Getting a medium format SLR

Discussion in 'Medium Format Cameras and Accessories' started by Siompa, Oct 30, 2017.

  1. Siompa

    Siompa Member

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    I have a couple of medium format cameras, however all with fixed lenses.

    I've got a Fuji Gs645 pro (the folder version) which is amazing, but never really understood the wonder of rangefinder.
    I also got a Zeiss Ikon 645 which have some issues with the film coming out "loose" if you know what i mean. And lastly i have a Rolleicord IV which is also great but a bit limited.

    So after a lot of researching i feel that the Mamiya RB67 pro s is the most flexible system and also not to pricey ( got a kid on the way, so no hasselblads for this guy)

    Pros:
    Shoots anything from 645 to 6x8 and also polaroid ( is there also a 35mm back?)
    Filmbacks, this is a must, to be able to change filmstocks on the fly.
    Polaroids would be fun to try out through a good lens.
    Not to pricey accessories and lenses, my photography is my hobby and not my income.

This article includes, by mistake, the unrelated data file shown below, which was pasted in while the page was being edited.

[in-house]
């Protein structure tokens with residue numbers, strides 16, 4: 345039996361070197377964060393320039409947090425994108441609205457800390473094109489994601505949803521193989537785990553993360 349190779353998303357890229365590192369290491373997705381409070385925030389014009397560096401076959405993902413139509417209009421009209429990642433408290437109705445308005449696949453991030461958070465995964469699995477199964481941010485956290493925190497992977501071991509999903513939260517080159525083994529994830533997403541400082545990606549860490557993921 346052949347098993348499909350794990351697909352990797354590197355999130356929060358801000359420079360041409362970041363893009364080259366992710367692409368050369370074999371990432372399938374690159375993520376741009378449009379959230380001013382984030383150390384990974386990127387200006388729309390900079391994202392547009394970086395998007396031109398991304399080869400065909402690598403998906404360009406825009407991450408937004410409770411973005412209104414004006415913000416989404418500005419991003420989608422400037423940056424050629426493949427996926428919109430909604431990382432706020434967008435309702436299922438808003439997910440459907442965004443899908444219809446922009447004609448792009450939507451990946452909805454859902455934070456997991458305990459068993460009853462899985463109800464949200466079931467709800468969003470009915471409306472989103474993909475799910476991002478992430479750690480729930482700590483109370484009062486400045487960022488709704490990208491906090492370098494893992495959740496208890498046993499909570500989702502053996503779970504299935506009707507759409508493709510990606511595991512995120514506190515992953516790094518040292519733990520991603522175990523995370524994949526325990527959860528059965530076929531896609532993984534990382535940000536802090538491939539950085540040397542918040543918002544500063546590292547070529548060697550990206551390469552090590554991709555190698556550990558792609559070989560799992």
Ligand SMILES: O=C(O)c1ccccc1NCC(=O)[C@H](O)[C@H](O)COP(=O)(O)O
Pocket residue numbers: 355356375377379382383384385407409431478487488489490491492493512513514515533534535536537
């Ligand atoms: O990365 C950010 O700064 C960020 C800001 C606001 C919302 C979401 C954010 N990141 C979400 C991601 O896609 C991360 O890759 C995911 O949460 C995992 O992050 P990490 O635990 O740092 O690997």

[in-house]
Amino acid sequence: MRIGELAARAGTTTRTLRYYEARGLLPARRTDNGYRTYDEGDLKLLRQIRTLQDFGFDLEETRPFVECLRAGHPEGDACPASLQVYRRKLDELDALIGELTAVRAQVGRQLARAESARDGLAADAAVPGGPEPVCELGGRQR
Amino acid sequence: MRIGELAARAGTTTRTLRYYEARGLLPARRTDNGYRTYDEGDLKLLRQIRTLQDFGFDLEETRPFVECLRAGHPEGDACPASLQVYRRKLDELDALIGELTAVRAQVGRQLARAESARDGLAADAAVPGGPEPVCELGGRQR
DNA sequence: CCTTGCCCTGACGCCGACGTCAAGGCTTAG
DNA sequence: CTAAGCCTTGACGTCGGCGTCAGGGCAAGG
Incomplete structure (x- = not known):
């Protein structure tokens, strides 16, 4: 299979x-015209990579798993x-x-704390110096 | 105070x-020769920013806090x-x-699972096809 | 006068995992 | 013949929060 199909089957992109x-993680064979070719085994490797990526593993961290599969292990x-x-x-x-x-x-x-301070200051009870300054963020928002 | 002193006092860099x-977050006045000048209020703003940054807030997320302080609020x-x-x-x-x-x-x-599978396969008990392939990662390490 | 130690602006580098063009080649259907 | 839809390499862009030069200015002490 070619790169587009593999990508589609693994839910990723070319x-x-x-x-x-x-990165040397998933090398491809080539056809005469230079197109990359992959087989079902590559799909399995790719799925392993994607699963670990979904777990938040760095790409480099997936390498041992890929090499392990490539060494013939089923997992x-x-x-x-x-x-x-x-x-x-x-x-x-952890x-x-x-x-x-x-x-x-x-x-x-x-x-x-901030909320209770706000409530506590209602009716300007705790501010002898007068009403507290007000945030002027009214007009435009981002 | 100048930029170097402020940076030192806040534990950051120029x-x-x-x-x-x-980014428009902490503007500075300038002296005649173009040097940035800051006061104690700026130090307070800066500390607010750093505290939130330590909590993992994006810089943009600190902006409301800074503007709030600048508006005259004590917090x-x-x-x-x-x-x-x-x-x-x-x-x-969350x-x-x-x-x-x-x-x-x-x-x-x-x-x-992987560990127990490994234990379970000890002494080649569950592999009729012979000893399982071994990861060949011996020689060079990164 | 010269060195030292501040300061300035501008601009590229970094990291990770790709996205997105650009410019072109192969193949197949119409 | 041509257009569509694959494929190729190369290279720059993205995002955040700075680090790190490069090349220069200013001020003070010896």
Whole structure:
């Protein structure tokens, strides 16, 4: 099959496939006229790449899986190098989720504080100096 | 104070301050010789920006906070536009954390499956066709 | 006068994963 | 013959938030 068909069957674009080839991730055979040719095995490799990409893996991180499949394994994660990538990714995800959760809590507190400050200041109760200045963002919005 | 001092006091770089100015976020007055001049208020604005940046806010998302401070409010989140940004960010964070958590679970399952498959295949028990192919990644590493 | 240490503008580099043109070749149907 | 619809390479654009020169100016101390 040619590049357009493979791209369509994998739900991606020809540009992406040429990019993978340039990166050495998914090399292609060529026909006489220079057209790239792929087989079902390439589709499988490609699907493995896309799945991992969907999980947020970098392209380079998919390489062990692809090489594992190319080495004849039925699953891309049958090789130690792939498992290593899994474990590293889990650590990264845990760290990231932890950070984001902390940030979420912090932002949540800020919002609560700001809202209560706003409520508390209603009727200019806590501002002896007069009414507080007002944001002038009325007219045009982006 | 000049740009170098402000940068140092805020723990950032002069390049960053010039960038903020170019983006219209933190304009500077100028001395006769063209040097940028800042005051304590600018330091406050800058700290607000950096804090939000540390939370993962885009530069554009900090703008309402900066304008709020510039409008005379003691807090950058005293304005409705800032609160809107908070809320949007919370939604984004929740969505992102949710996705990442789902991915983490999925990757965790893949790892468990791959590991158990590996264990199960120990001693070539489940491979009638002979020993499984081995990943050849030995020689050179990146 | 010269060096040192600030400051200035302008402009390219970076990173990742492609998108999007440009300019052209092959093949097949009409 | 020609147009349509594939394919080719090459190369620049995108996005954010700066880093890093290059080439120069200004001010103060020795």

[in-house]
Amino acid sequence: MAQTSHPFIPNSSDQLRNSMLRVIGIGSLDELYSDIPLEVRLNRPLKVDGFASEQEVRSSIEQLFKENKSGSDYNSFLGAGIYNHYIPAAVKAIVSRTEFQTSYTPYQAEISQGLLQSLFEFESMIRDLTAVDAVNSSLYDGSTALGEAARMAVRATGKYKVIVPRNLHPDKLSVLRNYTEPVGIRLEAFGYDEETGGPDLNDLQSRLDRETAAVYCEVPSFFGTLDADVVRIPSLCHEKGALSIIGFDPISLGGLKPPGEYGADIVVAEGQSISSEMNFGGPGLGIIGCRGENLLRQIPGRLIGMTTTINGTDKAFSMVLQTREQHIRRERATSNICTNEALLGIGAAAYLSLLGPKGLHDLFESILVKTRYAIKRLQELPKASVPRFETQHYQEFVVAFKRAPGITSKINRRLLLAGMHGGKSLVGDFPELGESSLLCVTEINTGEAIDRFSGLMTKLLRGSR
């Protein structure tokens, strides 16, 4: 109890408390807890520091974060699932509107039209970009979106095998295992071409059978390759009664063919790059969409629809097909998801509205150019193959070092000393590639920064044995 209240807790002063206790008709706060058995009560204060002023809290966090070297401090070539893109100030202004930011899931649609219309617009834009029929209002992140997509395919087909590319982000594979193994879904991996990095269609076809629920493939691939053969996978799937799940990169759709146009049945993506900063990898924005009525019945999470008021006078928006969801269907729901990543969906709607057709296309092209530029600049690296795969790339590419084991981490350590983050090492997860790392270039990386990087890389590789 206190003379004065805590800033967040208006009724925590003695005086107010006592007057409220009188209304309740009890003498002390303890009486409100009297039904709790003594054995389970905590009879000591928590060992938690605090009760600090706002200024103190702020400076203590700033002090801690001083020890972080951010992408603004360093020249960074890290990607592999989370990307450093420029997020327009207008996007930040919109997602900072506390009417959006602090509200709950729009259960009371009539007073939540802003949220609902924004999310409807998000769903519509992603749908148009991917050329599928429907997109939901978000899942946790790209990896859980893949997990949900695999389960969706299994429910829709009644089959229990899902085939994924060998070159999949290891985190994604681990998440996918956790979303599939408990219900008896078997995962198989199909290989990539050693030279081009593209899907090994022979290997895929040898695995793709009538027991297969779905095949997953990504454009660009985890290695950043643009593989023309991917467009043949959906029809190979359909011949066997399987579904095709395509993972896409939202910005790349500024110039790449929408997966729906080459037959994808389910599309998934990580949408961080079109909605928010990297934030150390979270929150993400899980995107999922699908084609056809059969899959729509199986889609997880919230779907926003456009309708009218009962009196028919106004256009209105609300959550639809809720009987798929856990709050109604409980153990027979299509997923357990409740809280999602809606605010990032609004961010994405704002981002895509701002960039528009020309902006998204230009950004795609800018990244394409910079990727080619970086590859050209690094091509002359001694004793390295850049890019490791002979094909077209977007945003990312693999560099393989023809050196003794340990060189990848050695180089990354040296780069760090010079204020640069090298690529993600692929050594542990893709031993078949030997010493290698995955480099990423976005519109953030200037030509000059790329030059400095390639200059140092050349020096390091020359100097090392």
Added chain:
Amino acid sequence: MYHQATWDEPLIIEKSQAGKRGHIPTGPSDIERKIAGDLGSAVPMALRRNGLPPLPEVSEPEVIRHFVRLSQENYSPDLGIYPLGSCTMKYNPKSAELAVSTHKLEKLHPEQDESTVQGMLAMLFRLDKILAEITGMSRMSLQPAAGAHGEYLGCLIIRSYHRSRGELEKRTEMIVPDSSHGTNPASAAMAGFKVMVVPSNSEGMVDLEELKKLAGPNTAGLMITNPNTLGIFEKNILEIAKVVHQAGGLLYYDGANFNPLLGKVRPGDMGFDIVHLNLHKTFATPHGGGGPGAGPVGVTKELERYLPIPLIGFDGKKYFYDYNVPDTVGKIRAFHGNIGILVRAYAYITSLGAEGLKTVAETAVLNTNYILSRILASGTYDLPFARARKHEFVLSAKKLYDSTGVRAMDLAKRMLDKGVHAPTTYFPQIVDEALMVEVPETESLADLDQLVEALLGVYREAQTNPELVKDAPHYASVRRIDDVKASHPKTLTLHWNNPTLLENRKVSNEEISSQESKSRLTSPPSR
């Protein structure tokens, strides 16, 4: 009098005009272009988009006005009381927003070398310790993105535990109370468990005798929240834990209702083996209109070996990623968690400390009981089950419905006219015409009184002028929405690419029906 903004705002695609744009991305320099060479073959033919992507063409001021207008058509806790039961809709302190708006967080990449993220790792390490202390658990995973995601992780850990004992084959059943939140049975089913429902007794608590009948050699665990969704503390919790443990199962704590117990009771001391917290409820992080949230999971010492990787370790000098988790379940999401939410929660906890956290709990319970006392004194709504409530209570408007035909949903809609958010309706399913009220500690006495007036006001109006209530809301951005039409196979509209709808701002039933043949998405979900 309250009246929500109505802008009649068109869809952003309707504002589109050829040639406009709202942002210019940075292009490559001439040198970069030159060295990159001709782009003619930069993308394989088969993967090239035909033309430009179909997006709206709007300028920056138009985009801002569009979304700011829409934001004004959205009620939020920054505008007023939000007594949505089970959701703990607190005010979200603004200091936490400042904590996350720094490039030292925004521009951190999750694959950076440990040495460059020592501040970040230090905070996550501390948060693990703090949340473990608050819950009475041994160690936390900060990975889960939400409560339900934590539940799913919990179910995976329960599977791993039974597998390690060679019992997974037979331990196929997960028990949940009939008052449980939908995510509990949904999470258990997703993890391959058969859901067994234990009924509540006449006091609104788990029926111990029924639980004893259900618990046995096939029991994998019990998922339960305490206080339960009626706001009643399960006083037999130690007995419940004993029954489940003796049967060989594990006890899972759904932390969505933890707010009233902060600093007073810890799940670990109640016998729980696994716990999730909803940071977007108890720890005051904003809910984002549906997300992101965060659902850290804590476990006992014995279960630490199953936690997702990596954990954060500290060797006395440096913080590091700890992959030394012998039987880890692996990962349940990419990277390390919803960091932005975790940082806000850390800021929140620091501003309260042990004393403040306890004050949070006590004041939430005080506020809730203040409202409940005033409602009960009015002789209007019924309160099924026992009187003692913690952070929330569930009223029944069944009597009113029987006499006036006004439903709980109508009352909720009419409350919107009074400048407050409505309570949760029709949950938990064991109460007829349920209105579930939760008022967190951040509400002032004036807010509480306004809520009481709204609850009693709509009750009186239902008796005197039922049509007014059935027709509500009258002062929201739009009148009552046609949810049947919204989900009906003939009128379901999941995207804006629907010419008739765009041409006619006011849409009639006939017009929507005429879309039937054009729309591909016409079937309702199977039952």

Fully mechanical, no batteries and less stuff to worry about?
    Except for hasselblad, Mamiya is kind of easy to get serviced, or am i completely wrong about this?

    Cons:

    Maximum shutter speed of 400. Not ideal but okay. Are there faster Lenses?
    The weight? I've got no problem with it, working in the film business as a camera assistant I'm used to lugging around huge cameras.


    I guess what I'm after is some feedback from people who has it or if there is any alternatives that i missed.
    And if someone is thinking of selling a system in a couple of months when I saved up a bit of money, please let me know.

    PS. I know that hasselblad are the most reliable and still get serviced by hasselblad and the lenses are amazing but i don't have 1000$ to get started on a system since its not my job. So please, no " you should get a hasselblad". Belive me I wish I could :tongue:
     
  2. Marco Gilardetti

    Marco Gilardetti Member

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    You summed it up pretty nicely.

    As you're stepping up to 6x7, I seriously doubt that you will ever shoot 4,5x6 anymore. If I were you, I wouldn't even bother to buy the rollfilm holder. For the same reason, once you've accepted the difference in wheight and size of the camera and lenses, I can hardly figure why anyone should suggest you to buy a Hasselblad instead.